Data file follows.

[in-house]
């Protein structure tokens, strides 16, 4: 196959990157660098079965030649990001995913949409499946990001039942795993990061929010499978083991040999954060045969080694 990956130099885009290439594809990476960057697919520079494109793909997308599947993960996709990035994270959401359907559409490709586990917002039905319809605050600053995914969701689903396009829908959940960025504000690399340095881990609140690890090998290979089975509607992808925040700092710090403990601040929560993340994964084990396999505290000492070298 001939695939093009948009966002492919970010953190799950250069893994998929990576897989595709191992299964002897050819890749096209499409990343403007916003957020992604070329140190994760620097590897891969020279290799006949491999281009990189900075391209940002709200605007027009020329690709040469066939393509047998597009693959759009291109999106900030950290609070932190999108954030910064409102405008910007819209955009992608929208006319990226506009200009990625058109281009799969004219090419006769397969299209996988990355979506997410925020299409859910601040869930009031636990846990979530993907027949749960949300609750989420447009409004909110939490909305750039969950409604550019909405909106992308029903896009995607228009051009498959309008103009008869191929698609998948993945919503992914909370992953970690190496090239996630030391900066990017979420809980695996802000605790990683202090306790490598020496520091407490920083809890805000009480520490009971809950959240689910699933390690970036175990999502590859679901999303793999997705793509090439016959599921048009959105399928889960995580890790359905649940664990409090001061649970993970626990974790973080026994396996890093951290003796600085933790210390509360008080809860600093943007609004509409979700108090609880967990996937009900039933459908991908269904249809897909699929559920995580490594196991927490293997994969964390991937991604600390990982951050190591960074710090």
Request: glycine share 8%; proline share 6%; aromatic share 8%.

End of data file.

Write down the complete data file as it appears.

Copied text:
[in-house]
């Protein structure tokens, strides 16, 4: 196959990157660098079965030649990001995913949409499946990001039942795993990061929010499978083991040999954060045969080694 990956130099885009290439594809990476960057697919520079494109793909997308599947993960996709990035994270959401359907559409490709586990917002039905319809605050600053995914969701689903396009829908959940960025504000690399340095881990609140690890090998290979089975509607992808925040700092710090403990601040929560993340994964084990396999505290000492070298 001939695939093009948009966002492919970010953190799950250069893994998929990576897989595709191992299964002897050819890749096209499409990343403007916003957020992604070329140190994760620097590897891969020279290799006949491999281009990189900075391209940002709200605007027009020329690709040469066939393509047998597009693959759009291109999106900030950290609070932190999108954030910064409102405008910007819209955009992608929208006319990226506009200009990625058109281009799969004219090419006769397969299209996988990355979506997410925020299409859910601040869930009031636990846990979530993907027949749960949300609750989420447009409004909110939490909305750039969950409604550019909405909106992308029903896009995607228009051009498959309008103009008869191929698609998948993945919503992914909370992953970690190496090239996630030391900066990017979420809980695996802000605790990683202090306790490598020496520091407490920083809890805000009480520490009971809950959240689910699933390690970036175990999502590859679901999303793999997705793509090439016959599921048009959105399928889960995580890790359905649940664990409090001061649970993970626990974790973080026994396996890093951290003796600085933790210390509360008080809860600093943007609004509409979700108090609880967990996937009900039933459908991908269904249809897909699929559920995580490594196991927490293997994969964390991937991604600390990982951050190591960074710090």
Request: glycine share 8%; proline share 6%; aromatic share 8%.